Double Outlet Right Ventricle


Double outlet right ventricle (DORV) is a congenital cardiac anomaly in which both great arteries arise wholly or in large part from the right ventricle. 1 It is a type of ventriculoarterial connection (see “Cardiac Connections” under Terminology and Classification of Heart Disease in Chapter 1 ).

1 The adjectives left and right used to modify atrium or ventricle mean morphologically left and right, respectively. Position of the chamber is referred to as right-sided or left-sided .

In this chapter, DORV with atrioventricular (AV) concordant connection is discussed in detail. DORV also occurs in other settings ( Fig. 53-1 ), but when the AV connection is discordant, that becomes the surgically more important feature, and patients with this combination (commonly called congenitally corrected transposition of the great arteries ) are better considered along with others with AV discordant connection (see Chapter 55 ). DORV may also occur in patients with univentricular AV connections (see “Ventriculoarterial Connections” under Morphology in Chapter 56 ). It is a frequent occurrence in patients with atrial isomerism (see “Ventriculoarterial Connections” under Morphology in Chapter 58 ).

Figure 53-1, Model of the four basic hearts as they occur in double outlet right ventricle, with usual great artery positions (aorta lateral to pulmonary trunk). Models 2 and 3 show atrioventricular discordant connection. The Van Praagh symbolic convention is used (see “Symbolic Convention of Van Praagh” under Terminology and Classification of Heart Disease in Chapter 1 ). Key: LA, Left atrium; LV, left ventricle; RA, right atrium; RV, right ventricle.

One or both great arteries may directly overlie the ventricular septal defect (VSD) and thus arise biventricularly. For purposes of categorization, the great artery so arising is assigned to the ventricle it overlies by more than 50% on morphologic examination. Thus, when one great artery arises wholly or nearly so from the right ventricle (RV) and the other more than 50% from it, the condition is termed DORV. Uncommonly, both great arteries arise biventricularly in association with a doubly committed juxta-arterial VSD (see Chapter 35 , Fig. 35-8, Fig. 35-9 ). One option is to arbitrarily assign each great artery to the ventricle above from which more than 50% arises and categorize the anomaly accordingly; the alternative is to term the malformation double outlet both ventricles.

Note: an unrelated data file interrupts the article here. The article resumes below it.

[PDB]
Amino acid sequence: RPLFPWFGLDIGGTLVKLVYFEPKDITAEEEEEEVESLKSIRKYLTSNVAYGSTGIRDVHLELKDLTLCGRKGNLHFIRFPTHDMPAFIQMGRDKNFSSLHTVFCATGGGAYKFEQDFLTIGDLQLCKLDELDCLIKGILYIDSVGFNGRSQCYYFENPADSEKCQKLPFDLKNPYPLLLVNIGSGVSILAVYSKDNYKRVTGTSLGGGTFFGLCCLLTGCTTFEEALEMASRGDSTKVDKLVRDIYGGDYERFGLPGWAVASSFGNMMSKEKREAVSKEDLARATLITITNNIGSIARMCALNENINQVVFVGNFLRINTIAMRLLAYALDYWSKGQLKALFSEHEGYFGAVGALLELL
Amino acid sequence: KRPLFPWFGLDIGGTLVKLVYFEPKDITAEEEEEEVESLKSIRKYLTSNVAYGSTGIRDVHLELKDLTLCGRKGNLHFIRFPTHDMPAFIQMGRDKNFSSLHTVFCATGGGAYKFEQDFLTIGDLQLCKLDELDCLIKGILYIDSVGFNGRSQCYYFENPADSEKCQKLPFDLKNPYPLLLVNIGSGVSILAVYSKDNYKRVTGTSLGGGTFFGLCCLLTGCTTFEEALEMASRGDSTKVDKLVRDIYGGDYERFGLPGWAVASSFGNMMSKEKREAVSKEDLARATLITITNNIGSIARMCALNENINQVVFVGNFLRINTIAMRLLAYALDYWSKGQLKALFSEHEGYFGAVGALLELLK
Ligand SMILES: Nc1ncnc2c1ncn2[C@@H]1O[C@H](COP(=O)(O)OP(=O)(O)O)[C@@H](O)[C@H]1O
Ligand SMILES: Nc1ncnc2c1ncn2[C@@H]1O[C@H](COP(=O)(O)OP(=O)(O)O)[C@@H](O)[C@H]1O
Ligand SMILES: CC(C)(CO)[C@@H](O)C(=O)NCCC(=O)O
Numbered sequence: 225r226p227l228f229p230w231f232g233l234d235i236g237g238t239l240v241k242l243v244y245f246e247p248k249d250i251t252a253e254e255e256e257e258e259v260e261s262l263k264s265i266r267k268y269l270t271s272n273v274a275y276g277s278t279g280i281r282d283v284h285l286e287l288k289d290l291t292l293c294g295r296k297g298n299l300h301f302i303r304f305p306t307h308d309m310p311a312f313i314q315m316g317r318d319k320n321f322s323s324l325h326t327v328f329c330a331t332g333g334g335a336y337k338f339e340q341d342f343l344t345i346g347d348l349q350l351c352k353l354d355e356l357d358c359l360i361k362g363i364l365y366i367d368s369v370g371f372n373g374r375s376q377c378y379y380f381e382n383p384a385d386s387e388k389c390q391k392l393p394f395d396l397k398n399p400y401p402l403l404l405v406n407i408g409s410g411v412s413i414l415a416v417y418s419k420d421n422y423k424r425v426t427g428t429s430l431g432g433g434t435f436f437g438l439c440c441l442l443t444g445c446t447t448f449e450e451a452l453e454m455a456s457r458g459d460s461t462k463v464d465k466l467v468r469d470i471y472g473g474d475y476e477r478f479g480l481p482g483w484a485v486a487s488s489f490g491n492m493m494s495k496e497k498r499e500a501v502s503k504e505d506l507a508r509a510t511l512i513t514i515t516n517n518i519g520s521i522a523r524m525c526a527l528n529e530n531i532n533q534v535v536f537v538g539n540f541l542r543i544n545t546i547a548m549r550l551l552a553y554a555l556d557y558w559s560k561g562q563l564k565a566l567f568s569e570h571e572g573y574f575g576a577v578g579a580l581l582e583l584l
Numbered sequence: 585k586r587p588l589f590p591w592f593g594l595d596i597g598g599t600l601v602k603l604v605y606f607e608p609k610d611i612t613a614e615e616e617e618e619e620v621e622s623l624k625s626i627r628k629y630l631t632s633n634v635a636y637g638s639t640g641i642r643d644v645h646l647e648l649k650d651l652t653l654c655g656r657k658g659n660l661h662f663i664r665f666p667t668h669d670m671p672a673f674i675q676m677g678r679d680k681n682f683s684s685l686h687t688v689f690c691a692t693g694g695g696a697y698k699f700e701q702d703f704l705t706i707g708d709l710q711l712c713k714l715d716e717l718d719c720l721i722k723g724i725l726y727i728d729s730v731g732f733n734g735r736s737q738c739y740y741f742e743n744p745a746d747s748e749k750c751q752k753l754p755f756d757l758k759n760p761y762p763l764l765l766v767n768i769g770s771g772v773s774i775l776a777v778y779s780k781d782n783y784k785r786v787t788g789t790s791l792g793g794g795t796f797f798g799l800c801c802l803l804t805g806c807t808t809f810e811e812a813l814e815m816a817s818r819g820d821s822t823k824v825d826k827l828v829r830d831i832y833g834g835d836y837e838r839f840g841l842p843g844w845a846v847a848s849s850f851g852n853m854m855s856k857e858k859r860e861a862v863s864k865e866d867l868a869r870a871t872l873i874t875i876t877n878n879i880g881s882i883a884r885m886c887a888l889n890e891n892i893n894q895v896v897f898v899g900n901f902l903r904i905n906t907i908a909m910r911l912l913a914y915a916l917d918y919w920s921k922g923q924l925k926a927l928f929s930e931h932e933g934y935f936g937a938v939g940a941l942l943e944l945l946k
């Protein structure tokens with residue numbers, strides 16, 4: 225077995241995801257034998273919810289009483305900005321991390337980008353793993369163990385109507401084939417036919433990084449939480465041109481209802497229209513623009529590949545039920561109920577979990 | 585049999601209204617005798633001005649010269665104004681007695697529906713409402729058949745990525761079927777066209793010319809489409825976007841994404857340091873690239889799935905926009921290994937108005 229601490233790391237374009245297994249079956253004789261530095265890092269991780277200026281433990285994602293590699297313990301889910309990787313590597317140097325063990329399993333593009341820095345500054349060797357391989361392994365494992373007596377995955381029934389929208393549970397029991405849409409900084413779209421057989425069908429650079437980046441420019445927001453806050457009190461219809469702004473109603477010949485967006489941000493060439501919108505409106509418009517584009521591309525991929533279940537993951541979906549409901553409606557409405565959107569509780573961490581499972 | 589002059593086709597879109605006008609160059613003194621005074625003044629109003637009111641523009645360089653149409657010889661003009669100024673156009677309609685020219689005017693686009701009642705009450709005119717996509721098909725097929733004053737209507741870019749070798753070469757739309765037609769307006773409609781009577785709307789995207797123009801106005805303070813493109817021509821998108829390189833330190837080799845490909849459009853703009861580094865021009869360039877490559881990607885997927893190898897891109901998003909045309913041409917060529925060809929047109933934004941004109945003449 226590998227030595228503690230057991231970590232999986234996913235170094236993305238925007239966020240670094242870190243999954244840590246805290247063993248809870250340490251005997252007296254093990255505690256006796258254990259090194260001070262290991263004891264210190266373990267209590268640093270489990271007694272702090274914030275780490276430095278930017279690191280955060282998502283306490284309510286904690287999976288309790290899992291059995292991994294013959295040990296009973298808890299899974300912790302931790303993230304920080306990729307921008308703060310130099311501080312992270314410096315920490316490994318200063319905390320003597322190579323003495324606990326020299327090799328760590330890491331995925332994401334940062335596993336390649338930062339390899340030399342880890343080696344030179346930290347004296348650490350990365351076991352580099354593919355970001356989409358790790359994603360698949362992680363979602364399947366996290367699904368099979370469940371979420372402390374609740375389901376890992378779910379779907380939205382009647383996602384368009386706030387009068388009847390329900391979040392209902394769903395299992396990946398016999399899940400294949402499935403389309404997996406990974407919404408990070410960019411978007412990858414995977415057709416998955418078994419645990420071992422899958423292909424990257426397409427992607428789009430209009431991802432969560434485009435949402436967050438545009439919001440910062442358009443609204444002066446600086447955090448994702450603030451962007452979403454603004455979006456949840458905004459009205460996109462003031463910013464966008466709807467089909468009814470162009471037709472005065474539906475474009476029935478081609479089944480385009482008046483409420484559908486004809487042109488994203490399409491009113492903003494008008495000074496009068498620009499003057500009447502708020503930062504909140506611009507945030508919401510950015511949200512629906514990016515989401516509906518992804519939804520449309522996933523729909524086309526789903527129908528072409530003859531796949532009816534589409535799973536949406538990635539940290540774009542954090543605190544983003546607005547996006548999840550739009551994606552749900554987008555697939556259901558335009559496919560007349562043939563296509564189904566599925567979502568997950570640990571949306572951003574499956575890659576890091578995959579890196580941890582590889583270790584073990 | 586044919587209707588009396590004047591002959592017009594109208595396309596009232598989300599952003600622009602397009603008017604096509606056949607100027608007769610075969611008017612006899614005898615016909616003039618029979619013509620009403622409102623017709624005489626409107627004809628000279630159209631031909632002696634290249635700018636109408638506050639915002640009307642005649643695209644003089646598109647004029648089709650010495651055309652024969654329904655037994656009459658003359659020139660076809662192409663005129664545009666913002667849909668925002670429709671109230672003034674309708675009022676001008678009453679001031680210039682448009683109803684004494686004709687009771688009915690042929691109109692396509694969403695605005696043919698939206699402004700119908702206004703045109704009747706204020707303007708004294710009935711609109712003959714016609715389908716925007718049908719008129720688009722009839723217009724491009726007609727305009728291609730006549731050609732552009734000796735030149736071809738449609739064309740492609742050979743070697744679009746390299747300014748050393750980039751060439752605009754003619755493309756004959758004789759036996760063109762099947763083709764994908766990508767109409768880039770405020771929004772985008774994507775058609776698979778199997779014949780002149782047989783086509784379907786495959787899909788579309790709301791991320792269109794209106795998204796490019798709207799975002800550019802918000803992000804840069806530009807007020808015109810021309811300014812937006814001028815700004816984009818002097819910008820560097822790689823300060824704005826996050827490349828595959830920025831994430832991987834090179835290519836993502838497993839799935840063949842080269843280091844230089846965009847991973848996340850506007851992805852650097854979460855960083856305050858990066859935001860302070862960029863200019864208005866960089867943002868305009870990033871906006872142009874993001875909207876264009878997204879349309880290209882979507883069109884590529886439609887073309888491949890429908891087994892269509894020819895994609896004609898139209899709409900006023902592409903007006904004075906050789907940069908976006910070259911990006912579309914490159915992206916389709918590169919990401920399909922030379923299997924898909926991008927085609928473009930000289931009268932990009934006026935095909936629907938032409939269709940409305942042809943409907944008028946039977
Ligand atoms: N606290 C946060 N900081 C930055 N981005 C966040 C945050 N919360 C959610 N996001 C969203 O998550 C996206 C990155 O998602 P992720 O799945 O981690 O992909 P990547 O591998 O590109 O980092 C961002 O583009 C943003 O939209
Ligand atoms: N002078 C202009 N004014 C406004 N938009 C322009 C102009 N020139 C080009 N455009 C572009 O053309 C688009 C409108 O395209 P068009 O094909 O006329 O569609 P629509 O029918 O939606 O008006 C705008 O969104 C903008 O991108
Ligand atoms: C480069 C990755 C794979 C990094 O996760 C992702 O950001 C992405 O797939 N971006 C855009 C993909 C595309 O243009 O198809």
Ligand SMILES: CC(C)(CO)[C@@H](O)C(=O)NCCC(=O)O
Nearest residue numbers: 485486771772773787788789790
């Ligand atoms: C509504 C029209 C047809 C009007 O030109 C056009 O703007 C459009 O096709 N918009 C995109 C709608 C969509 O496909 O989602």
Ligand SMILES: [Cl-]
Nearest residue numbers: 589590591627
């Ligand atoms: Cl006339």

Tetralogy of Fallot is an entity characterized by a variable amount of dextroposition of the aorta. When the aorta arises more than 50% from the RV, the anomaly may be categorized as tetralogy of Fallot with DORV or as DORV with pulmonary stenosis . Edwards uses still different criteria for distinguishing between these two conditions. Taussig-Bing heart (see description under Morphology later in this chapter) is an entity with variability in the origin of the pulmonary artery . This diagnosis may be made when the pulmonary artery arises wholly or nearly so from the RV (in which case, it is a type of DORV), equally from right and left ventricles, or more than 50% but not entirely from the left ventricle (LV; in which case, it is not a type of DORV). When it arises entirely or essentially so from the LV, the assignment is to transposition of the great arteries with VSD .

Because of this differing terminology, surgical reports must clearly describe the entities under discussion.

Historical Note

When Kirklin performed the first repair of DORV (which was of the simple type with a subaortic VSD) in May 1957 at the Mayo Clinic, the anomaly was virtually unknown, and the preoperative diagnosis was large VSD with high pulmonary blood flow. Diagnosis was correctly made at operation, the term double outlet right ventricle or origin of both great vessels from the right ventricle coined in the operating room, position of the His bundle deduced, and intraventricular tunnel repair performed in much the same manner as is done today. An identical sequence occurred at GLH in September 1958. Earlier, in 1952, Braun and colleagues reported what was clearly a case of DORV with pulmonary stenosis and used the phrase double outlet ventricle , but the title of their paper was confusing, and it escaped notice. About the time of the first repair, the first morphologic paper with the title “Double Outlet Right Ventricle” was published by Witham ; subsequently, other early descriptions of the morphology appeared. In 1963, Redo and colleagues also reported repair of this entity.